I know what you mean about disliking nail art – sometimes it seems like too much? I really enjoy seeing OTHER people’s nail art, though! It’s literally like looking at works of art on the nails, haha. Although to be honest, I don’t think anyone at work would say anything to me if I came in with some crazy nail art – people comment on my makeup, but no one has ever said anything about my nails ever, no matter what colour I’m wearing. But I agree, I think the most subtle ways are tonal nails or matte vs shiny finish, and I want to try both ways! I’ve seen some people do a matte colour on the nails with a subtle stamp pattern in a metallic finish and that’s really pretty too. I have quite a small nail polish collection though, and I don’t have enough colour selection right now to do tonal nails, nor do I have a matte top coat lol. You could definitely do it with your collection, though!

      Also funny that you should mention Born Pretty because I discovered that website (through an Instagram ad) shortly after ordering from Harlow & Co, and have been eyeing a bunch of things from them since! I knew it would take a long time for the stuff to come, I just didn’t realize it would take THAT long…I was going to get some spring-themed plates from them, but maybe I’ll get Christmas ones instead hahaha. I do really want those clear jelly stampers though!!


  3. Ahh yes I remember seeing these a few years back, they certainly are gorgeous! I love how easily you’re able to transform a solid polish into something a little more fancy. Thank you for all your tips and tricks. I’d like to look into this 🙂 x

    Liked by 2 people

  4. I love watching people do nail design stamping and thought about doing it myself too but I’m more of a simple plain color gal haha. I can’t help but feel like I’ll be wasting a ton of nail polish by scrapping and stamping. What are your thoughts on that?

    Liked by 2 people

    • I know what you mean, I’m a plain colour gal too. Hmm that’s an interesting though. To be honest, I’ve never really thought that scraping would be wasting nail polish, mainly because I’ve never been able to go through a single bottle of nail polish in my life!

      Liked by 1 person

  5. Even though this is your first couple of tries I think that last nail turned out really nice! I wouldn’t have known that you’ve never done this before if you didn’t mention it. I’m really curious about nail stamping too but I have enough trouble applying solid colours well that I don’t think I’m ready for it yet lol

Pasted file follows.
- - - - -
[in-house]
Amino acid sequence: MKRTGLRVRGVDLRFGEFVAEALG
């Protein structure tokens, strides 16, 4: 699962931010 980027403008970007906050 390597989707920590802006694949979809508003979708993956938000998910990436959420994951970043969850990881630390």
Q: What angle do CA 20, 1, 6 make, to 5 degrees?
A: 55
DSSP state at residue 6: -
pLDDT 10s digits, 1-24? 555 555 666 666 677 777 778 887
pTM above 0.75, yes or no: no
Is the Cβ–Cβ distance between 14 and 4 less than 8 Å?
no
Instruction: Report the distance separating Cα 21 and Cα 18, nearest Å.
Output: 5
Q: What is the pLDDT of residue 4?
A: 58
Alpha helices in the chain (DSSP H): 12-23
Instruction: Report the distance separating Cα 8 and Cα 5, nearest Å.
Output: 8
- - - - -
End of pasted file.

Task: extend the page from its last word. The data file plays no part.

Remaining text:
Liked by 2 people

    • Haha you are too sweet! I’m definitely still a noob at it. And I totally know what you mean, it’s already enough of a struggle just painting your own nails, let alone doing nail art! It’s why I never really bothered trying until now!


  6. You did such a fab job! I suck at stamping lol! I would much prefer use a brush than use a nail stamp, it’s a lot harder than people think. You’ve given really great tips! You are making me love nail art all over again, it’s such a great post! x

    Liked by 1 person

  7. OK! SO! When I first saw the cover picture for this post my response was EEK! The stamper that you are using is super old school, but I am glad that it is working for you anyways. Is it a Konad? Those were some of the first stampers released, and they usually require a lot of work to get any results. You have to warm them up, and then you can’t even see where you are putting the design. I 100% suggest you get a clear jelly stamper. The material that they use for those seems to pick up and “let go” of designs easier, meaning that it transfers to the nail more easily. Also, you can see what you are doing!

    The more EEK-y part for me was seeing that old school scraper. Those metal scrapers can scratch up and damage your plates! So I am VERY glad you switched to the old value card. That is 100% the way to go!

    Regardless, you definitely made your tools work for you, and the end result looks great! I’m glad you’ve decided to get in to stamping!

    And I’m sorry I’ve been absent for so long! I’m glad to be catching up on your posts now!

    Liked by 2 people

    • Because I didn’t want to invest too much into stamping supplies in case it wasn’t something I would stick with, I just picked the cheapest stamper I could find on the Harlow & Co website and it turned out to be this one. Doesn’t even have a brand lol. I did want a clear stamper but either they didn’t have it or it was sold out, I can’t really remember. I have since placed an order on Born Pretty and purchased a clear stamper there, so I can expect my order to arrive in a few months LOL.

      The scraper isn’t metal, it’s made of the same cheap plastic as the handle of the stamper. The edges are jagged though, which is why I think it didn’t scrape very well. I can definitely see why having the right tools is so important for stamping!

      Liked by 1 person